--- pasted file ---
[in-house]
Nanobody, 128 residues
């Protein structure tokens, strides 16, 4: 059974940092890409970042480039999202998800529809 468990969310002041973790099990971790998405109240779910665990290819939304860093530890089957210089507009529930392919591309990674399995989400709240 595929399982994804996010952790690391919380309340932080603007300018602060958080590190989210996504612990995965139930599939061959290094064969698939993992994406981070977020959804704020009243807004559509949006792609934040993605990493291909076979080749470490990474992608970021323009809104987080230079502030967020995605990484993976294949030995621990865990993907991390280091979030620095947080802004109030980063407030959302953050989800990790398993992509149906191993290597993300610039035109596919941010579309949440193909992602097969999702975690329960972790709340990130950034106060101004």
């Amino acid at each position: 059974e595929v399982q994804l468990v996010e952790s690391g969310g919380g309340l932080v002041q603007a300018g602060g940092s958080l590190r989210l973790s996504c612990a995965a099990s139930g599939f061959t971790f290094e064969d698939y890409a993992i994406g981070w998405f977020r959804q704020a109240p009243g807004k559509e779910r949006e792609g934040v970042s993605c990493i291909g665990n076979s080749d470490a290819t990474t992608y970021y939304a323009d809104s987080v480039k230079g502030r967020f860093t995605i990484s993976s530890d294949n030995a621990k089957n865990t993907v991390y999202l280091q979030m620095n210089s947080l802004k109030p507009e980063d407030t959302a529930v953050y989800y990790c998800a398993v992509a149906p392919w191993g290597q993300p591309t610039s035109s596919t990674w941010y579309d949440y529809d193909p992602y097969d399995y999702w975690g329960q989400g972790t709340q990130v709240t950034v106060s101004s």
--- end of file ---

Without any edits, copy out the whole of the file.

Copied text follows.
[in-house]
Nanobody, 128 residues
């Protein structure tokens, strides 16, 4: 059974940092890409970042480039999202998800529809 468990969310002041973790099990971790998405109240779910665990290819939304860093530890089957210089507009529930392919591309990674399995989400709240 595929399982994804996010952790690391919380309340932080603007300018602060958080590190989210996504612990995965139930599939061959290094064969698939993992994406981070977020959804704020009243807004559509949006792609934040993605990493291909076979080749470490990474992608970021323009809104987080230079502030967020995605990484993976294949030995621990865990993907991390280091979030620095947080802004109030980063407030959302953050989800990790398993992509149906191993290597993300610039035109596919941010579309949440193909992602097969999702975690329960972790709340990130950034106060101004």
């Amino acid at each position: 059974e595929v399982q994804l468990v996010e952790s690391g969310g919380g309340l932080v002041q603007a300018g602060g940092s958080l590190r989210l973790s996504c612990a995965a099990s139930g599939f061959t971790f290094e064969d698939y890409a993992i994406g981070w998405f977020r959804q704020a109240p009243g807004k559509e779910r949006e792609g934040v970042s993605c990493i291909g665990n076979s080749d470490a290819t990474t992608y970021y939304a323009d809104s987080v480039k230079g502030r967020f860093t995605i990484s993976s530890d294949n030995a621990k089957n865990t993907v991390y999202l280091q979030m620095n210089s947080l802004k109030p507009e980063d407030t959302a529930v953050y989800y990790c998800a398993v992509a149906p392919w191993g290597q993300p591309t610039s035109s596919t990674w941010y579309d949440y529809d193909p992602y097969d399995y999702w975690g329960q989400g972790t709340q990130v709240t950034v106060s101004s």